Liam Gallagher John Squire review – their best work since Oasis and the Stone Roses

Liam Gallagher John Squire review – their best work since Oasis and the Stone Roses


A couple of weeks ago, Liam Gallagher utilized social media to discuss his joint album with John Squire. He declared it to be both “spiritual” and “essential”, while also commenting on its potential appeal to listeners. “I believe those who enjoy the Stone Roses and Oasis and similar music will absolutely adore it.”

One could argue against that statement, but it is noteworthy that the album titled “Liam Gallagher John Squire” has a well-crafted marketing strategy. There is a significant group of individuals who hold Oasis and the Stone Roses in such high regard that any collaboration between their lead singer and guitarist would be highly anticipated. This devoted fan base would likely ensure the success of “Liam Gallagher John Squire” even if it simply consisted of a recording of the two musicians lighting their own flatulence for 45 minutes.

Gallagher and Squire are aware of this fact and it makes their album immune to criticism, even before it is played. An artist who is concerned about critics’ opinions would not include songs with titles like Make It Up As You Go Along or I’m So Bored (which includes the line “I’m so bored of this song”), as this would make it an easy target for negative reviews. It is especially noticeable when the song I’m So Bored is placed right next to a track called You’re Not the Only One in the album’s list of songs.

In addition, if Liam Gallagher, a musician who has faced constant criticism for supposedly copying the Beatles, was worried about providing evidence to his critics, he would not end his album with a song titled “Mother Nature’s Song,” which is essentially the same as a Beatles song with a single letter added to the end.

The music is not affected by the opinions of those who are not already fans, and is mainly influenced by the sounds of Gallagher and Squire’s previous bands. The song “I’m So Bored” has a similar style to the rebellious, fast-paced tunes of Oasis’ “Morning Glory,” while “One Day at a Time” could easily fit in with their album “Definitely Maybe,” or even on one of their B-sides from the same time period. On the other hand, “Mars to Liverpool” and “Make It Up As You Go Along” have more charming melodies that Oasis probably wouldn’t have approved of, resembling the sound of the Stone Roses’ songs “Mersey Paradise” and “Going Down.” “Love You Forever” is rooted in the heavy riffs and pounding drums of their 1994 comeback single “Love Spreads,” and “You’re Not the Only One” could also fit in on their album “Second Coming.”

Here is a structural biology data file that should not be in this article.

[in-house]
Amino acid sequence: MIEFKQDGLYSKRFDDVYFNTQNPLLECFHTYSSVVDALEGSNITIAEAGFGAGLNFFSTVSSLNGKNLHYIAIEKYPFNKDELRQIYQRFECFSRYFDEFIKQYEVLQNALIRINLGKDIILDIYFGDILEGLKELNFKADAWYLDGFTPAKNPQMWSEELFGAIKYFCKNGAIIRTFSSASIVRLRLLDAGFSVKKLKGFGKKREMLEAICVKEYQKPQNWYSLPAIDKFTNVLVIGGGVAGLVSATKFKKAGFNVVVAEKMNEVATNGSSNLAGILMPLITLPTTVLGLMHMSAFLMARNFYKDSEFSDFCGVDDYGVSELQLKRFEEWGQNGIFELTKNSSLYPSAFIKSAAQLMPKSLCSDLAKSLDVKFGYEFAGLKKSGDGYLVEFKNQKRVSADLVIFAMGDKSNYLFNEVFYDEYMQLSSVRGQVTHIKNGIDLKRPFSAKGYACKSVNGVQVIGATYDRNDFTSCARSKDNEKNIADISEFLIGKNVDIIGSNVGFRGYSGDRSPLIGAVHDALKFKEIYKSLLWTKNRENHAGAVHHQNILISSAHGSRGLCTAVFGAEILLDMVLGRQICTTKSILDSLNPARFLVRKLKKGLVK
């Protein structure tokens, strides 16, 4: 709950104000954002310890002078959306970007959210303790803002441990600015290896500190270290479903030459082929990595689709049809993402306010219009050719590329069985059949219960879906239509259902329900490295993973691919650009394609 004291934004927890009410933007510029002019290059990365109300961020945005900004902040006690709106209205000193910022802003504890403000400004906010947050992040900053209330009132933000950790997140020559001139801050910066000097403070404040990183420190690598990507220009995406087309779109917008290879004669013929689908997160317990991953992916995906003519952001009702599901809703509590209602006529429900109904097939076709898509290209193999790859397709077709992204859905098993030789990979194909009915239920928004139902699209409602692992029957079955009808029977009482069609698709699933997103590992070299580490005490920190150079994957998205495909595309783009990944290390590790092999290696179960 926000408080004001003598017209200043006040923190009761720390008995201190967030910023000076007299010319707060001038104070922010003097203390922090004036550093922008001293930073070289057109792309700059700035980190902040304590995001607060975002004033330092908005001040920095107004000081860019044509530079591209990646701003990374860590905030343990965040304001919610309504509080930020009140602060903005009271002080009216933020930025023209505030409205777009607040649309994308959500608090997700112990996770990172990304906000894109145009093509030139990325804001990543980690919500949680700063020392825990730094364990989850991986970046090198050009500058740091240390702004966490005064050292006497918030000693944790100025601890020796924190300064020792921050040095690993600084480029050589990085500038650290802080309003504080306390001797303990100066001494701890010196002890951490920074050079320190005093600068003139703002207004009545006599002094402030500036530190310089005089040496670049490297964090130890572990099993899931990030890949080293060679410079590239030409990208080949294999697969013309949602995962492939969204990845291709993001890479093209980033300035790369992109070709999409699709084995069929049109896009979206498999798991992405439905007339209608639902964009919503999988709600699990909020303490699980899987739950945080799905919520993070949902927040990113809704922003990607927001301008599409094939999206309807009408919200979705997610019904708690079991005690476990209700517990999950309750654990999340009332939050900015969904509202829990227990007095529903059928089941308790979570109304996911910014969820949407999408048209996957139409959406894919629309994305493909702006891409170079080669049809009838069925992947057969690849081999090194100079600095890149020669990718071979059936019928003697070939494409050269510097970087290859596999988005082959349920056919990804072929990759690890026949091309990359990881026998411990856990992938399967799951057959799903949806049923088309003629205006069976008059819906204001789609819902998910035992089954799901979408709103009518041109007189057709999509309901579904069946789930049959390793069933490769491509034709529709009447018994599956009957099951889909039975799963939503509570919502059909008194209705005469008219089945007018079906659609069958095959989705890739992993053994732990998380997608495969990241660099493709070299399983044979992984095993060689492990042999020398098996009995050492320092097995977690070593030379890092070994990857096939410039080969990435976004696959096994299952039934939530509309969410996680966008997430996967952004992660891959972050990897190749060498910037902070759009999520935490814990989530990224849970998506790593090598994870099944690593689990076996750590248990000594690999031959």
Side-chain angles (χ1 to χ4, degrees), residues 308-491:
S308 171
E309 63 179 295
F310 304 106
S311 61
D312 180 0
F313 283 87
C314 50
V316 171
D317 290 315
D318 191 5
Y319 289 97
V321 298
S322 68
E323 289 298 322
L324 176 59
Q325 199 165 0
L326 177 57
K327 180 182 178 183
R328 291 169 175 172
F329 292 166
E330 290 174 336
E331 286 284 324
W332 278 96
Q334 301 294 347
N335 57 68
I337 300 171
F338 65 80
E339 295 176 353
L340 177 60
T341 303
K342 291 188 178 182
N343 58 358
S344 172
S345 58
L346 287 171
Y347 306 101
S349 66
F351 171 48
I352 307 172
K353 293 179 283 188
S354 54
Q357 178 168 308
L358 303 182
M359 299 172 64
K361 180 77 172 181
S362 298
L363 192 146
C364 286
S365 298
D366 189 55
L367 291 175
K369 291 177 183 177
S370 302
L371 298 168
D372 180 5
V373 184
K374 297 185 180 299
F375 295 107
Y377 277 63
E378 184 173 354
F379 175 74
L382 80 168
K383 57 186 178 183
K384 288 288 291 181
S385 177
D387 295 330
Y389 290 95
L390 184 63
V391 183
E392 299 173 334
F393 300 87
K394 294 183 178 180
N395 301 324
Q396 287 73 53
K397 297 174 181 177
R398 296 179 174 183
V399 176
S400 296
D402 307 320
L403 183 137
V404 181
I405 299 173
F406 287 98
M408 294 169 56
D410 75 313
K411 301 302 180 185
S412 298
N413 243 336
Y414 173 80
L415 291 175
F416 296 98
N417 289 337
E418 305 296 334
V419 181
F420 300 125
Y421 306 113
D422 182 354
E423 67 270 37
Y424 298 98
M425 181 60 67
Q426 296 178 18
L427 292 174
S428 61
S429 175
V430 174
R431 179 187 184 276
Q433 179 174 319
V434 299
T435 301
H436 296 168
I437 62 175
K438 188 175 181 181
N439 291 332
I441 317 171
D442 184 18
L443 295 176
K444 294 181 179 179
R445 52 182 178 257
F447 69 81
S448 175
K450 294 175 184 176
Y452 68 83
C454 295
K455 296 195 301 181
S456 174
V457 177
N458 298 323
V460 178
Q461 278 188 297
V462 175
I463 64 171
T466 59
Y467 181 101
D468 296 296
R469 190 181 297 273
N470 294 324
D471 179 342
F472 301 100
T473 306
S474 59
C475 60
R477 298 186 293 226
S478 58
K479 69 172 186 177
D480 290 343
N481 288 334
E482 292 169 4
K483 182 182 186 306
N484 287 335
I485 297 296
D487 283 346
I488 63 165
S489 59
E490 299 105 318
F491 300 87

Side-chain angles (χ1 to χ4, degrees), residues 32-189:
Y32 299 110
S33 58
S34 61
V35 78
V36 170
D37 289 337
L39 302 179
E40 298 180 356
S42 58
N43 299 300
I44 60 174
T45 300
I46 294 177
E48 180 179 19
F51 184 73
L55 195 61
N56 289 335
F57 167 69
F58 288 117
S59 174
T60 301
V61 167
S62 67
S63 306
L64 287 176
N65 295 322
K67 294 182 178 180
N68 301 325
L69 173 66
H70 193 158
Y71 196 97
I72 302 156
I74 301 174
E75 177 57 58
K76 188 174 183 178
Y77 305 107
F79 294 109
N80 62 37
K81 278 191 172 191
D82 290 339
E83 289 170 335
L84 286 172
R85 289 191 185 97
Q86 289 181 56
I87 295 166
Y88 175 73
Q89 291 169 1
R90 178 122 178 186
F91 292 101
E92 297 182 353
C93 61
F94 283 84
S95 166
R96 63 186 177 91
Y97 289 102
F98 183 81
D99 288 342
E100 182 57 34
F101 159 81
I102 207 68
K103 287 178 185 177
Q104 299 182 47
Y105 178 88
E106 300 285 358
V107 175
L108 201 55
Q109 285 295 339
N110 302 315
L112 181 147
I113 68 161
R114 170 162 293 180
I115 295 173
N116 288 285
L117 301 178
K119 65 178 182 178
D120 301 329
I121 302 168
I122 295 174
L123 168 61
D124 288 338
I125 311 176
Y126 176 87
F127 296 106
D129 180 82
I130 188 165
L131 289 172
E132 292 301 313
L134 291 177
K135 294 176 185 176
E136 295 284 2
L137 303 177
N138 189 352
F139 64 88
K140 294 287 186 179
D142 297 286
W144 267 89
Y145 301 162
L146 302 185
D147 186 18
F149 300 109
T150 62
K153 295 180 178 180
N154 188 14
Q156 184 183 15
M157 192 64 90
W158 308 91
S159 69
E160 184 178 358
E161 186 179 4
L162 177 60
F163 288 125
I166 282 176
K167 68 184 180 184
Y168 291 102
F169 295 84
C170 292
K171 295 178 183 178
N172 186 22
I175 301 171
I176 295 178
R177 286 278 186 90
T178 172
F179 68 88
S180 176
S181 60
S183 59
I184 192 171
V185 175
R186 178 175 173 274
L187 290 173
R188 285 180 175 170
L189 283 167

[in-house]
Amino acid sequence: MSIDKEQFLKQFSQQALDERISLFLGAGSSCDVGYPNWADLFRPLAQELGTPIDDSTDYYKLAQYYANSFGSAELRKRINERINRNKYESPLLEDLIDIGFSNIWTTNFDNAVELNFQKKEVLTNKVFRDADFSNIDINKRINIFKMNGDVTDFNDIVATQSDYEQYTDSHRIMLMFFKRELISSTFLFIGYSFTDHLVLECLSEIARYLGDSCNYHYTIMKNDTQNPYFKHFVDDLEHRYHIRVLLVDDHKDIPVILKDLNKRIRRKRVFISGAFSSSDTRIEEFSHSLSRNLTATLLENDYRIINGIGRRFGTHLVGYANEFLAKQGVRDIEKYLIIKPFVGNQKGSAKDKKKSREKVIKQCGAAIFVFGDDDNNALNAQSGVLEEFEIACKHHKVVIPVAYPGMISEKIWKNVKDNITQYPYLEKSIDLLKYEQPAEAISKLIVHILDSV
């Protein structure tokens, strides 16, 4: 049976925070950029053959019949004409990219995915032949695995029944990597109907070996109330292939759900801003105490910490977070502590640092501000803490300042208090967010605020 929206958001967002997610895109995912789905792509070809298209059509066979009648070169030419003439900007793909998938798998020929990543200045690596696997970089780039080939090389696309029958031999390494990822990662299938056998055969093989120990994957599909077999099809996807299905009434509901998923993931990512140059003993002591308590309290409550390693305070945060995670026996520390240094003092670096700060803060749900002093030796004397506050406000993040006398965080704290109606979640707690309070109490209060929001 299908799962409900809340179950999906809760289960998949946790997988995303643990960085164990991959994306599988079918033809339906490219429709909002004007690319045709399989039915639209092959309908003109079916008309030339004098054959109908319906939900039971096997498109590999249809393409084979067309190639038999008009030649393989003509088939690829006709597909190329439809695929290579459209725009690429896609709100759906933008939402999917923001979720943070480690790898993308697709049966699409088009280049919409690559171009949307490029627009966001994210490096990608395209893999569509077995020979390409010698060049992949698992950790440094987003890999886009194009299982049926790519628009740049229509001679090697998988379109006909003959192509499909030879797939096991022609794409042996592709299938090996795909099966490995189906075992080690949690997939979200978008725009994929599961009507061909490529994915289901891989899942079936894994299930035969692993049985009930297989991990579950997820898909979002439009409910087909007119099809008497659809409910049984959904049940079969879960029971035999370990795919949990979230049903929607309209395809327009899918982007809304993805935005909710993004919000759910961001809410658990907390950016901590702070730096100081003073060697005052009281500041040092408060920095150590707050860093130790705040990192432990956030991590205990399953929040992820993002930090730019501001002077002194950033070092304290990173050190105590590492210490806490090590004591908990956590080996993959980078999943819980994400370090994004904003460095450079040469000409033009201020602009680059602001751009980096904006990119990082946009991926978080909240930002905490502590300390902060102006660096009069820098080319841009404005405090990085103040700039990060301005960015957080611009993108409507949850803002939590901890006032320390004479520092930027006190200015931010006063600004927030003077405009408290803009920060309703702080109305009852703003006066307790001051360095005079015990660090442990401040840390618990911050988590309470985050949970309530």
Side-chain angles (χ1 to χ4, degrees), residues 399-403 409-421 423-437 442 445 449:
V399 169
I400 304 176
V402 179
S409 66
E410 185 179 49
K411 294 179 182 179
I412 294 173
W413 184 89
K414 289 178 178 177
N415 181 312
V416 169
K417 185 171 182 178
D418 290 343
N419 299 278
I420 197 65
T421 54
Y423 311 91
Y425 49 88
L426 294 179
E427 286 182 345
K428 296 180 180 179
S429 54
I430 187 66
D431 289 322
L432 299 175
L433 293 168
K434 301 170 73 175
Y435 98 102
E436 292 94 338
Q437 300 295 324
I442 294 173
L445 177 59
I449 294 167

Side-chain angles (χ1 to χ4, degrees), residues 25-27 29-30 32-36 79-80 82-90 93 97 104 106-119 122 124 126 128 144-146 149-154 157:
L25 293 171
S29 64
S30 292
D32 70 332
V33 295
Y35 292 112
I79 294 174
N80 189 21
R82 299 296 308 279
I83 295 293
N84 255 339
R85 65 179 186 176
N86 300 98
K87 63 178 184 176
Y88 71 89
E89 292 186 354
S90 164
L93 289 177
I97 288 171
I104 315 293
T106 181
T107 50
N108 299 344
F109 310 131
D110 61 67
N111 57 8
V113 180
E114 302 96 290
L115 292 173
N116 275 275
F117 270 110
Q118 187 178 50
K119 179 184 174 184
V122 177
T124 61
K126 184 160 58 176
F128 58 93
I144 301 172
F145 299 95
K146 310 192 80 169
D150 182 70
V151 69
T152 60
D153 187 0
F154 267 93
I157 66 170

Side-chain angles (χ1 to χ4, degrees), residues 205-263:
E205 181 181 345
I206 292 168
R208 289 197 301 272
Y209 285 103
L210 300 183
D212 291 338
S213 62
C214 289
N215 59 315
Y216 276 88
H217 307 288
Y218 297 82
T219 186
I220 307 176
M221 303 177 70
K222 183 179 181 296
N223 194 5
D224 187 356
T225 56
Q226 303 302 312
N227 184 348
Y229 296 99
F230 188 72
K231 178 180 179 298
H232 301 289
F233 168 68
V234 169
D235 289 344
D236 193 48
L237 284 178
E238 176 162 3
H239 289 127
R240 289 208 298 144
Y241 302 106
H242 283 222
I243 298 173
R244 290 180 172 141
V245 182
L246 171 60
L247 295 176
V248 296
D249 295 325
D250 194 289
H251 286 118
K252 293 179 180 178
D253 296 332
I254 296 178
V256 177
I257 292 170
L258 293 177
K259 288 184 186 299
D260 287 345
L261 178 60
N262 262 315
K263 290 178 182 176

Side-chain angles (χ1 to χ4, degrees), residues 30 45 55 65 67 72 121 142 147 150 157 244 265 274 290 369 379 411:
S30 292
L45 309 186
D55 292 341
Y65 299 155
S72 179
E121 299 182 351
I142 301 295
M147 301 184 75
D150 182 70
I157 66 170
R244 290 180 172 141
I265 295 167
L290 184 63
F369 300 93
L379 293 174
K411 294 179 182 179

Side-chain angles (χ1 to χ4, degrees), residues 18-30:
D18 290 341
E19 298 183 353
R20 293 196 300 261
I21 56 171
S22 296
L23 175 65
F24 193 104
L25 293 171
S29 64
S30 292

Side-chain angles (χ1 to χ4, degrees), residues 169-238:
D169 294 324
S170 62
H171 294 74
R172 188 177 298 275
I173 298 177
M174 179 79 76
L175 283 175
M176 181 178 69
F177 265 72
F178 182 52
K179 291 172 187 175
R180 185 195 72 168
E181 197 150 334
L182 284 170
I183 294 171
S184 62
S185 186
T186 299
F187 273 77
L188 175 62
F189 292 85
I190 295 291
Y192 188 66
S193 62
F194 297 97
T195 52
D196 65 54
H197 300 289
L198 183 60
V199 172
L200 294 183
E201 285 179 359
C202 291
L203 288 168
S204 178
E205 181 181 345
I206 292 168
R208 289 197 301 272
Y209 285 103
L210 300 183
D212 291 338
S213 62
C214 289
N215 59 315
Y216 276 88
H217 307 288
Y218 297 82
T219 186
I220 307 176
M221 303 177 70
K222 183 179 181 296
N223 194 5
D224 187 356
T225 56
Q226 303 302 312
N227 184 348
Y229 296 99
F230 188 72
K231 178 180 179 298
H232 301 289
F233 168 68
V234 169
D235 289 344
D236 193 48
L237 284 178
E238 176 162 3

All of this is exactly as you would expect. Nothing unexpected occurs during the 45 minutes of Liam Gallagher and John Squire’s collaboration, except for the song “I’m a Wheel”, which strays from their usual Led Zeppelin-inspired blues-rock sound into a more traditional late-60s blues revival style. The song features a lumbering riff reminiscent of “I’m a Man” and a glam-influenced chorus. However, one thing that you might anticipate does not happen. There is no trace of the hypnotic, breakbeat-driven, wah pedal-heavy sound of “Fool’s Gold” on this album, which is a shame because it would have been interesting to hear Liam Gallagher’s vocals over a dance beat, as he did in the surprising success “Shoot Down” with the Prodigy.

However, this album is noticeably superior to anything that Gallagher has released after Oasis, as well as any of Squire’s work since his departure from the Stone Roses in 1996. The songwriting is more melodically strong and the performances are more lively, with a clear sense of collaboration between the two artists. While there isn’t a standout track on par with the highpoints of their former bands – such as “Slide Away” or “She Bangs the Drums” – the opening track “Raise Your Hands” comes close with Squire’s skillful playing, a catchy chorus, and a piano bridge reminiscent of the Rolling Stones’ “Let’s Spend the Night Together.”

While some may see its predictability as a lack of creativity, it can also be seen as a testament to the deep understanding of the market by those involved. The group in question is not seeking surprises with their purchases, even among the significant number who may not have firsthand memories of the 1990s. One could question their willingness to embrace their fathers’ tales from the days of “mad fer it,” but for those who enjoy broad-brushstroke alt-rock, 2024 offers little and it’s understandable to look back to a time when it seemed to be leading the way. Liam Gallagher and John Squire provide a much stronger representation of that era than the few lackluster bands that have emerged since the crash and burn of Britpop 2.0 in the 2000s. The target audience is unlikely to feel dissatisfied with what they are presented.